Self Portraiture, Personal Narratives and Selfies

The Story of the Eye, 2014

The Story of the Eye, 2014Watercolour, gouache on paper, 24 x 30 cm



An exclusive Drawing Room Network event at Courtauld Institute of Art, including a private tour of exhibition Jonathan Richardson by Himself and an in-conversation between curator Roger Malbert and artist Emma Talbot.

At 5 pm curator Susan Owens will lead a private tour of Jonathan Richardson by Himself, an exhibition at the Courtauld Drawings Gallery. Jonathan Richardson the Elder (1667–1745) was one of the most influential figures in the visual arts of 18th-century England, a theorist, poet, and art collector, who created a remarkable series of self-portrait drawings towards the end of his life.

At 6 pm there will be an in-conversation between curator Roger Malbert and artist Emma Talbot. Malbert and Talbot will discuss drawing's relationship to ideas of 'the self' and 'personal lives', and ideas of self-portraiture explored in Malbert’s recent book Drawing People: The Human Figure in Contemporary ArtDrawing People is an anthology of more than seventy contemporary artists, including Talbot, for whom drawing is a primary activity, and whose main focus is the human subject. The artists include an international, cross-generational roster examined in chapters focused on subjects including the body, self, personal lives, social reality and fictions.

Emma Talbot uses painting and drawing as vehicles for exploring narrative ideas. Talbot's works usually contains a series of cell-like spaces in which different events are depicted. These events are based on personal experiences, family history and narrative fictions. Scenarios from different times in history and from different places can be seen alongside one another. This allows a visual linking of events and thoughts, not bound by chronology, which gets closer to the way memories are retained and retold. The work investigates the psychological import of memory and desire. It reveals internal thought and pieces together fact, fiction and false memories to build non-linear narratives. The directness of drawing is very important to the work and grants an immediacy and lightness to the image making.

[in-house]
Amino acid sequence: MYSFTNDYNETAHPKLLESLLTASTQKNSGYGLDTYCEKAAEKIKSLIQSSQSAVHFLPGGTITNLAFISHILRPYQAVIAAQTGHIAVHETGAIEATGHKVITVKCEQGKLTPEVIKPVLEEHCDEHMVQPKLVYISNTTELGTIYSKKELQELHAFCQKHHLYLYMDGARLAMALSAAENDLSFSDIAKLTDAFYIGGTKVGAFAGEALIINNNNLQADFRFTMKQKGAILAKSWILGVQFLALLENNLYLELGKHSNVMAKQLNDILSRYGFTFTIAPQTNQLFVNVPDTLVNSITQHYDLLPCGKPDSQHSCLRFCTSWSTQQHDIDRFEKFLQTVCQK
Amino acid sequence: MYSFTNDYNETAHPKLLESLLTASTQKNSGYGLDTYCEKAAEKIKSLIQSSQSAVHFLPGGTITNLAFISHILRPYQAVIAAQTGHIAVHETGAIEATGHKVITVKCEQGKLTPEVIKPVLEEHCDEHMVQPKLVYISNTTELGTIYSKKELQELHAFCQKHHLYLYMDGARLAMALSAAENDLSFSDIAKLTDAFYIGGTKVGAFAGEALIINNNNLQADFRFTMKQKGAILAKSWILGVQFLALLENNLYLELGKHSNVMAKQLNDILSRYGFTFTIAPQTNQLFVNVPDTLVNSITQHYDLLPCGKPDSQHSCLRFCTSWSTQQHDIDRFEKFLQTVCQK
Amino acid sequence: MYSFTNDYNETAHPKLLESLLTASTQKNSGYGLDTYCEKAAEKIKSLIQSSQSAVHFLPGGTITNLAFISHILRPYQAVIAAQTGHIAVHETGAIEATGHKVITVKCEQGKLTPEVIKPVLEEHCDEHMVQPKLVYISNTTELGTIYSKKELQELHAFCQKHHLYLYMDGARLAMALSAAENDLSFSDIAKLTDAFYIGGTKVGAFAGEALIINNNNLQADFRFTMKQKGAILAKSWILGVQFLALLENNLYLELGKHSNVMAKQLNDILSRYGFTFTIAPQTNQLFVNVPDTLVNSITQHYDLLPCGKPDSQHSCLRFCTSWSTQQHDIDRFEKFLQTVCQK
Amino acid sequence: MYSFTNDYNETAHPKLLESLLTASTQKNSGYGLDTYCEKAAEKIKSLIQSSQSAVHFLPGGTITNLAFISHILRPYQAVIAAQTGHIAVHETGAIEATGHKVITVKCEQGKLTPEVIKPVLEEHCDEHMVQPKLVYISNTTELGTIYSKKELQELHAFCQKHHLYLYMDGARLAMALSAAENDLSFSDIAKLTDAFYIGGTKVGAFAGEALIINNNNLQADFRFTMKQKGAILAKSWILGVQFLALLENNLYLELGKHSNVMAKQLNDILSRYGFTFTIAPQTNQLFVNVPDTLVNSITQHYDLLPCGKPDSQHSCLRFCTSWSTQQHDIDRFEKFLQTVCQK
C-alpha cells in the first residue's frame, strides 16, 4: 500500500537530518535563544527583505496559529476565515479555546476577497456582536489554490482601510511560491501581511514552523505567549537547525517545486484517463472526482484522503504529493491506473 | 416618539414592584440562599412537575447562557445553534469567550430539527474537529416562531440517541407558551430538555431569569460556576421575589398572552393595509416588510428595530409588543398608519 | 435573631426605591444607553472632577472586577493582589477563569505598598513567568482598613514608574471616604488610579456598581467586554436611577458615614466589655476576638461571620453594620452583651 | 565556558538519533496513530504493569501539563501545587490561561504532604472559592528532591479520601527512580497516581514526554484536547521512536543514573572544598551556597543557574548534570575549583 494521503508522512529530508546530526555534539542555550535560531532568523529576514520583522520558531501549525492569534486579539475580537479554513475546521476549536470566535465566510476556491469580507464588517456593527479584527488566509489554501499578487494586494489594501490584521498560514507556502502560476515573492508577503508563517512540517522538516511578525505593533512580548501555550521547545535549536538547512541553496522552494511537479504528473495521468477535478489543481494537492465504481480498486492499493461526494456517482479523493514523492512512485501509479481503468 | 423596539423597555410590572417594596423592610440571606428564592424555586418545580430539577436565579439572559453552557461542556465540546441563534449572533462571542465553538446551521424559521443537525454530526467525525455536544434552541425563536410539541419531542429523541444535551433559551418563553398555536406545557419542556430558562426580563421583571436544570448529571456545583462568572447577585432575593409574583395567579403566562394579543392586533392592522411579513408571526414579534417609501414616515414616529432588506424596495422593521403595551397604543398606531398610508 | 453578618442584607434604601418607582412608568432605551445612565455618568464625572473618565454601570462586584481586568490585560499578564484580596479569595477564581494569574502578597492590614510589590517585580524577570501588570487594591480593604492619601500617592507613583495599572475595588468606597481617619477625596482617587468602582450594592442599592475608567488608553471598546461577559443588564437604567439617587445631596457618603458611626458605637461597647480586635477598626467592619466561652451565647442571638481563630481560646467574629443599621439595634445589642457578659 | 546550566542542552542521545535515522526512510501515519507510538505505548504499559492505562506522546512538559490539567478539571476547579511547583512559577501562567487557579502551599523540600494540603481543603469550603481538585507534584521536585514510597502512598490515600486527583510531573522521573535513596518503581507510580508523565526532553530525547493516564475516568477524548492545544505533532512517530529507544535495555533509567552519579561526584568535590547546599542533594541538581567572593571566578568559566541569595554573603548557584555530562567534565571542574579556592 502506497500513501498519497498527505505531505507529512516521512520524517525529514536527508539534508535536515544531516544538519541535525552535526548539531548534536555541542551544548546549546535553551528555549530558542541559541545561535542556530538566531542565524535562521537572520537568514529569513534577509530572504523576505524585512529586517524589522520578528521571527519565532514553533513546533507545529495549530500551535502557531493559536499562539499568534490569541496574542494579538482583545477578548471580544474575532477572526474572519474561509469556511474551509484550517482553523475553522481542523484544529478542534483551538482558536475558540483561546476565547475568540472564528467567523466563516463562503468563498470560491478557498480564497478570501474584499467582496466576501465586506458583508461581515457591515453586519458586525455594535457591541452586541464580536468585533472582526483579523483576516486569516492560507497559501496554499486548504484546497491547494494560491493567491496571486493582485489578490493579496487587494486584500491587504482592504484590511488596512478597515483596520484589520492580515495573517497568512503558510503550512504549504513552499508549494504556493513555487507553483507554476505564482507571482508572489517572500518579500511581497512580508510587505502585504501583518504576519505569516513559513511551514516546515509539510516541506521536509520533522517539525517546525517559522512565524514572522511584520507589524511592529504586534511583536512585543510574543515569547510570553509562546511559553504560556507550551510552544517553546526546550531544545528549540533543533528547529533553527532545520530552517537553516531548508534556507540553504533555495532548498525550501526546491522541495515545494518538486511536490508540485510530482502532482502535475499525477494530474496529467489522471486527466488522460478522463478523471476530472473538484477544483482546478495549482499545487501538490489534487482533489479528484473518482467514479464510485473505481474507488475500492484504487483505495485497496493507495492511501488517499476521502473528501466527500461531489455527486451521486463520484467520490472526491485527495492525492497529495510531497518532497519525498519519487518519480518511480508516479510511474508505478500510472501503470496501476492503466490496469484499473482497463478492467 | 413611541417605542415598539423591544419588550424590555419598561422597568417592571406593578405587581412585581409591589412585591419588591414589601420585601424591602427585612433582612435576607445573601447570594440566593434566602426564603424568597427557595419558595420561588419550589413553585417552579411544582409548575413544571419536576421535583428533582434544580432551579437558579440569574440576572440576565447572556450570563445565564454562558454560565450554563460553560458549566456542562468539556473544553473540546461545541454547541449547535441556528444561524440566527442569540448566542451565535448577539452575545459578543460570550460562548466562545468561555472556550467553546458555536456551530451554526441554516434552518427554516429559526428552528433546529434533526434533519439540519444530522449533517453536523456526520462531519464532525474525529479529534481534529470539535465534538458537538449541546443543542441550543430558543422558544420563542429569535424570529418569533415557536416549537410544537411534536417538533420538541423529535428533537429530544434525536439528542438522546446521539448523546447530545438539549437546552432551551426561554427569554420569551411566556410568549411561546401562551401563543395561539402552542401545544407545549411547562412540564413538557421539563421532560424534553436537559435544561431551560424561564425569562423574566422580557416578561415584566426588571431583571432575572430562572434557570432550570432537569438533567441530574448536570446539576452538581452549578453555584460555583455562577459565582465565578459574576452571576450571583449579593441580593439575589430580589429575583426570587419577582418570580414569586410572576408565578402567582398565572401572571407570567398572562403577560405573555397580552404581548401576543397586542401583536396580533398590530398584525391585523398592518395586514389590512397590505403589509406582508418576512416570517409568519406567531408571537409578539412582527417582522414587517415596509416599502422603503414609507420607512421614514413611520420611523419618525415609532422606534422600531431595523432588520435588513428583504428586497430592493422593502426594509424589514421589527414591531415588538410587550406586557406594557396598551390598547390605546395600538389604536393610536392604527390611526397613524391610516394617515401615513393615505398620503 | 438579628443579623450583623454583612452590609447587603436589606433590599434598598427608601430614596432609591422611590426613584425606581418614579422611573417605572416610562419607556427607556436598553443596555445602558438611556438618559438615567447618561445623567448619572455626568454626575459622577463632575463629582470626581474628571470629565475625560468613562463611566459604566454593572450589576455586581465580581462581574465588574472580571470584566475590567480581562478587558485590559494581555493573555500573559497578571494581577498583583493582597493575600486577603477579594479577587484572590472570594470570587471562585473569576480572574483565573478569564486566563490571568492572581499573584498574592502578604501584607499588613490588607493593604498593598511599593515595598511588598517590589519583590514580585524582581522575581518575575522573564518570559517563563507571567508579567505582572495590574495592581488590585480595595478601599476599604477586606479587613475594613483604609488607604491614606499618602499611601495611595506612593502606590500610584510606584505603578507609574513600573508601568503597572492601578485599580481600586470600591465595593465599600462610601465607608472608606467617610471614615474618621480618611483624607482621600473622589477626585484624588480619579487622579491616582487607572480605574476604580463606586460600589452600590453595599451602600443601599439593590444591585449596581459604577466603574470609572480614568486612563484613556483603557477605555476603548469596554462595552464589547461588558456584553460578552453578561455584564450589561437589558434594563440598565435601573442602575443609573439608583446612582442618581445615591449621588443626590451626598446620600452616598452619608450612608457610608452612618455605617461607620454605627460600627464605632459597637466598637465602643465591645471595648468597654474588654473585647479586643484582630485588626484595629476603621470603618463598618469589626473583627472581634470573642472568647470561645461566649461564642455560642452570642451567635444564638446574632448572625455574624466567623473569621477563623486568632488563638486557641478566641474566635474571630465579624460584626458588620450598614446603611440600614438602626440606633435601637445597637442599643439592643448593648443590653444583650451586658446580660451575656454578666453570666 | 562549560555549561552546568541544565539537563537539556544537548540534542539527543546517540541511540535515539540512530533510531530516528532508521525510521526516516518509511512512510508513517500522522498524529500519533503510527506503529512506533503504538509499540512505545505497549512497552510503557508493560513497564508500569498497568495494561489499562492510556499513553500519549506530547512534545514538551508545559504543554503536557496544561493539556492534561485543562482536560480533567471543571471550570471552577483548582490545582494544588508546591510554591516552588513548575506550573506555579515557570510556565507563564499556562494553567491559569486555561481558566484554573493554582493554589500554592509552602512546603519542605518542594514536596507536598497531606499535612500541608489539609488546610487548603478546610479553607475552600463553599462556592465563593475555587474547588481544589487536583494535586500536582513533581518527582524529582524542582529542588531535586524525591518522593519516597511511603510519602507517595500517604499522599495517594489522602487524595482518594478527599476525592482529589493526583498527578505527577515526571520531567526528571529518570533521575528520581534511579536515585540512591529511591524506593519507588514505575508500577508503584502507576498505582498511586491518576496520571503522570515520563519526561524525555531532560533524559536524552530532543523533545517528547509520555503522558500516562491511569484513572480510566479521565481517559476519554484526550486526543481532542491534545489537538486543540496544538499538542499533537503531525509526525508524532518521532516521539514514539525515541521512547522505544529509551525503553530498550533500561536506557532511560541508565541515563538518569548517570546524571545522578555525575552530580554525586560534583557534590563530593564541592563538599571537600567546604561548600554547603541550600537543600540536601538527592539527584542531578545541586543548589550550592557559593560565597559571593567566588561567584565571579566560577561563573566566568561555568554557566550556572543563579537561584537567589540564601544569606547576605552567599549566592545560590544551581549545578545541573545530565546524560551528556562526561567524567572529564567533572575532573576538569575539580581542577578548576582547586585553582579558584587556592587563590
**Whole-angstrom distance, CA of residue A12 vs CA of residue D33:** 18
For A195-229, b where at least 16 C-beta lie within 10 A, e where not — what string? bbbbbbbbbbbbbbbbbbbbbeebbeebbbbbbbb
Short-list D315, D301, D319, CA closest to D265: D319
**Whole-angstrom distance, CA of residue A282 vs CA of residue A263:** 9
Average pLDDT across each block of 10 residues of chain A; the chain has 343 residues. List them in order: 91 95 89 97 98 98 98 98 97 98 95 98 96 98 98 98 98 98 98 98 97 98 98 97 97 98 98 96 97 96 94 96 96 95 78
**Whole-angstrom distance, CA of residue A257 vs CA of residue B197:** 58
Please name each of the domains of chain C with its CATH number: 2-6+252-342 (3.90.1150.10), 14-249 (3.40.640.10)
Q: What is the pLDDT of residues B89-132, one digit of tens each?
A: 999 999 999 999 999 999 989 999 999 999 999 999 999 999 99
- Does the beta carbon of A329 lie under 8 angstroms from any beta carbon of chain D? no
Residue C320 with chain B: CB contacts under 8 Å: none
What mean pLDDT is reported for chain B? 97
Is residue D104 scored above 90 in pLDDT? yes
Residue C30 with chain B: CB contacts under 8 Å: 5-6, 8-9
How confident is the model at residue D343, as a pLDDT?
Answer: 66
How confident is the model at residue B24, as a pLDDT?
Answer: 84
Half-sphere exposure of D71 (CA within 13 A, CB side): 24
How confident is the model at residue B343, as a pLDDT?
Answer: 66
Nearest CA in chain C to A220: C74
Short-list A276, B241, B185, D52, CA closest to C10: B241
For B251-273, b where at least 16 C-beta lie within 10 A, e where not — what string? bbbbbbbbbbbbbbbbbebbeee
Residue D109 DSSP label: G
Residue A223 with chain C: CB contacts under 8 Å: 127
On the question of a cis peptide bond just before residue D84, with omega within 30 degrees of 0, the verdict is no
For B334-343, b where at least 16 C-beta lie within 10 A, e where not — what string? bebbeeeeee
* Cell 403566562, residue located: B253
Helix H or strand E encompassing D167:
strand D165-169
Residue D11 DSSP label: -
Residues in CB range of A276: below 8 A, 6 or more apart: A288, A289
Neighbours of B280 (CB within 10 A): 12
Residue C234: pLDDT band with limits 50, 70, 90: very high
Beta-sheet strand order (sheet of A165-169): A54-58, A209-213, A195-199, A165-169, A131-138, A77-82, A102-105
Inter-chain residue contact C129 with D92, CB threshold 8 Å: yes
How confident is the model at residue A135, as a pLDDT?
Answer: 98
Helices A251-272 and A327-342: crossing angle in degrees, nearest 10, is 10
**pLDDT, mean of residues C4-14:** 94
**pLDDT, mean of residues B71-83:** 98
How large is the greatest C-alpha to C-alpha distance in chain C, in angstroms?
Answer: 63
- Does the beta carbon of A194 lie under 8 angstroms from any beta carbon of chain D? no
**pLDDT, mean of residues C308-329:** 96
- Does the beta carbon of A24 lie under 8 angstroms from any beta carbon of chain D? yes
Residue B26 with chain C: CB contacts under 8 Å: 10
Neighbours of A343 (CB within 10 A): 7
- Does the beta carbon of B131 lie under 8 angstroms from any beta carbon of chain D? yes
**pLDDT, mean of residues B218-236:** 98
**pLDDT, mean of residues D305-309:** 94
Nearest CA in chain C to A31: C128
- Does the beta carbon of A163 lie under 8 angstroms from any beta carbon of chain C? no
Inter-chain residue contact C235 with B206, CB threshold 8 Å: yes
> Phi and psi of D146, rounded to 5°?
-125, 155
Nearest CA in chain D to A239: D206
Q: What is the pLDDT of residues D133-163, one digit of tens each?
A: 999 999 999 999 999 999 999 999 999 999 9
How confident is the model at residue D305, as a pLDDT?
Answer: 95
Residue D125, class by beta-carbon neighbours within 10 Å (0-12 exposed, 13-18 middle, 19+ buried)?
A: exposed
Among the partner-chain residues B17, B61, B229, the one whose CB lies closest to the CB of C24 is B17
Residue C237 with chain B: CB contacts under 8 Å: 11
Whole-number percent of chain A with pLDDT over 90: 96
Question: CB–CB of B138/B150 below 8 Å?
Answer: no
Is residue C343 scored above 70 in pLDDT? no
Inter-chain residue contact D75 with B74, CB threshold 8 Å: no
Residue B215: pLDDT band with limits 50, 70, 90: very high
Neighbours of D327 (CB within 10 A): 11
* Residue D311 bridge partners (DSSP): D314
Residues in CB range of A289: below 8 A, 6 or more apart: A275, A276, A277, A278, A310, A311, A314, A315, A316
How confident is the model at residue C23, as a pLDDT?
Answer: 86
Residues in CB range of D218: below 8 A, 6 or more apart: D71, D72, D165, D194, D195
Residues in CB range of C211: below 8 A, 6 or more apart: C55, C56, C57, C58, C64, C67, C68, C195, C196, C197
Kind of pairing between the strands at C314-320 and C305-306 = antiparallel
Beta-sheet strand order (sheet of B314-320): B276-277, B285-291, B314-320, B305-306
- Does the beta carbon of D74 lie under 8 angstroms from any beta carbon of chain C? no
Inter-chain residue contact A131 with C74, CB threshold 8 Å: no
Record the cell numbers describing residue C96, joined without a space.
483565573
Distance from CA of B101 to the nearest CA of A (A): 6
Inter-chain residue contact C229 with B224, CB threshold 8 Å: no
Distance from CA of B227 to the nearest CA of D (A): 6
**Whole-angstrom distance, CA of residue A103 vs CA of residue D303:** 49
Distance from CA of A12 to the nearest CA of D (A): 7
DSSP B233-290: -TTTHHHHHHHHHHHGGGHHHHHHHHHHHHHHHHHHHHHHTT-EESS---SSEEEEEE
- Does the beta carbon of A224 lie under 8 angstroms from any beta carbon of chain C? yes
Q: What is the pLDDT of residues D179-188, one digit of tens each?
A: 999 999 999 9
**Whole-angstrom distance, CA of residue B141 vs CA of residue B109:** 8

– Roger Malbert is Head of Hayward Touring, at the Hayward Gallery, London. He has been a judge for the Jerwood Drawing Prize, and his writing on art has featured in The Independent, Art Monthly, Times Literary Supplement, The Art Newspaper and Modern Painters

– Dr Susan Owens is a writer, art historian and freelance curator with a particular interest in British drawings and watercolours. She curated the current exhibition at the Courtauld Gallery, Jonathan Richardson by Himself and contributed an essay to the catalogue accompanying Great British Drawings, currently at the Ashmolean Museum, Oxford. Her book The Art of Drawing: British Masters and Methods Since 1600 (V&A) was published in 2013.

– Emma Talbot lives and works in London. She is a Senior Lecturer at Central Saint Martins College of Art & Design. Recent solo exhibitions include You Would Cry Too If It Happened To You, Kusseneers Gallery, Antwerp (2011), Picures from My Heart, Transition Gallery, London (2010). Selected group exhibitions include Drawing Now, Carousel Louvre, Paris (2013), The Life of the Mind, New Art Gallery, Walsall (2011), TOLD, Hales Gallery, London (2011), Me and My Shadow, Kate MacGarry, London (2011).

This event is limited capacity and exclusively for Network Members